Why Do You Want To Learn?

Here are some of the all time most-used excuses…

“I’ll never use that.”

“How will this ever help me?”

“I don’t care about this!”

“Math is boring.”

And of course, the eternal…  “Nope, no homework tonight!”

The origin of these excuses and all the others like them is found in wanting to learn about a specific topic.  If learning is perceived as a chore, it becomes more difficult.

Let’s not kid ourselves.  Every student is not going to be fascinated with Algebra.  So we do things that help them along such as providing structure, a time and place for homework, the proper guidance and support, etc.

But there are things you can do as a parent to make learning more interesting and to make your child want to learn.  Here are a few ideas:

Sports – over Thanksgiving I overheard a 7 year old boy talk to his father while watching the Redskins football game.  They talked about Robert Griffin III and his running yardage and about whether or not to kick an extra point or “go for it.” This is a great opportunity to work on math – by making it fun!  How many different ways could the losing team come back to win?  If the Quarterback runs 4 plays at 5 yards, 10 yards, 12 yards and 18 yards, what is his running average?  The possibilities are endless, but by turning something the child likes into a learning activity, it will help boost understanding academic concepts.

Go see it – here in the Washington area we have a wonderful collection of museums and historic places to visit.  Those in Fairfax, Loudoun and Prince William Counties no longer have to drive into DC to visit the Air and Space museum with the new facility right near Dulles Airport.  Sulley Plantation is a wonderful place to visit to learn about nineteenth-century living.  Mt. Vernon is right around the corner.  The Manassas Battlefield Park is a great place to explore nature and learn Civil War history.  The point is that when a subject becomes tangible and interactive, your child will be more receptive to learning.

Set the example – If you have ever wondered why your child behaves a certain way or likes certain things, just look in a mirror!  Our children do what we do.  Pick up a book and read it!  Set an example by being curious about things that interest you.  It will rub off and you’ll help your child develop their intellectual curiosity too.

Look for ways to help your child want to learn.  If he or she becomes interested in a topic, the good grades typically follow.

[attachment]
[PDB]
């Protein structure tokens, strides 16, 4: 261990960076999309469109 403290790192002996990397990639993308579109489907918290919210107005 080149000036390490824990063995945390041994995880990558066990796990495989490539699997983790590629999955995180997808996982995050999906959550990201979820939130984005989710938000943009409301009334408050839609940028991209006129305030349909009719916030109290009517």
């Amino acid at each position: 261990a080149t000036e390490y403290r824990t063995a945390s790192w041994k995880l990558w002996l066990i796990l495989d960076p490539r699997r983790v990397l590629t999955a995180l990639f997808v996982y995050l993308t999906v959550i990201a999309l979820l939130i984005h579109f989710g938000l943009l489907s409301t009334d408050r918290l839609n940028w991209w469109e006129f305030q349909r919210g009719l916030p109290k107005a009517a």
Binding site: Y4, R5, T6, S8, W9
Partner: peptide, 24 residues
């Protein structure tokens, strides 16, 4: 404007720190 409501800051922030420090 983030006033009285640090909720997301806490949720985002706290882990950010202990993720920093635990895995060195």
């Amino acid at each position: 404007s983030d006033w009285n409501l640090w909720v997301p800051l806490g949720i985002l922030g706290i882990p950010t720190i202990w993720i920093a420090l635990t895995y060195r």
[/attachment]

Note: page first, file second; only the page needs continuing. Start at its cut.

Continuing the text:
Can Eating Candy Make You Stupid?

It just might, according to a UCLA study. Last night kids all over the country went out trick-or-treating and brought home piles of candy. Besides the obvious health issues with eating large quantities of candy like obesity and diabetes, all that sugar may have an impact on your child’s ability to think, something your child’s math tutor or school teachers won’t appreciate!

We’ve all seen it before. Go to a birthday party and the kids get cake, ice cream, and sugary sodas. Chaos ensues. The sugar seems to amp up the activities to a fever pitch.

Of course, the party itself may play a role in the excitement. Being around friends, playing games and the special occasion come together to increase excitement. The sugar is just icing on the cake, pardon the pun.

But now, researchers have found some important linkage between diet and the ability to think. Not only does a high fructose diet impair the ability to remember things and act quickly, but the reverse is also true. Diets high in omega-3 fatty acids tend to counteract the effect.

The research was done by training rats in a maze. The rats that were fed a high fructose diet had a much more difficult time navigating the maze, than the rats that were fed the high omega-3 fatty acid diet. The details are interesting and a good read.

The study found that: “The second group of rats navigated the maze much faster than the rats that did not receive omega-3 fatty acids,” said Fernando Gomez-Pinilla, a professor of neurosurgery at the David Geffen School of Medicine at UCLA and a professor of integrative biology and physiology in the UCLA College of Letters and Science. “The DHA-deprived animals were slower, and their brains showed a decline in synaptic activity. Their brain cells had trouble signaling each other, disrupting the rats’ ability to think clearly and recall the route they’d learned six weeks earlier.”

Yet another reason to make sure your child eats a healthy diet, full of omega-3 fatty acids.

Maybe fish as “brain food” wasn’t just an old wives tale after all.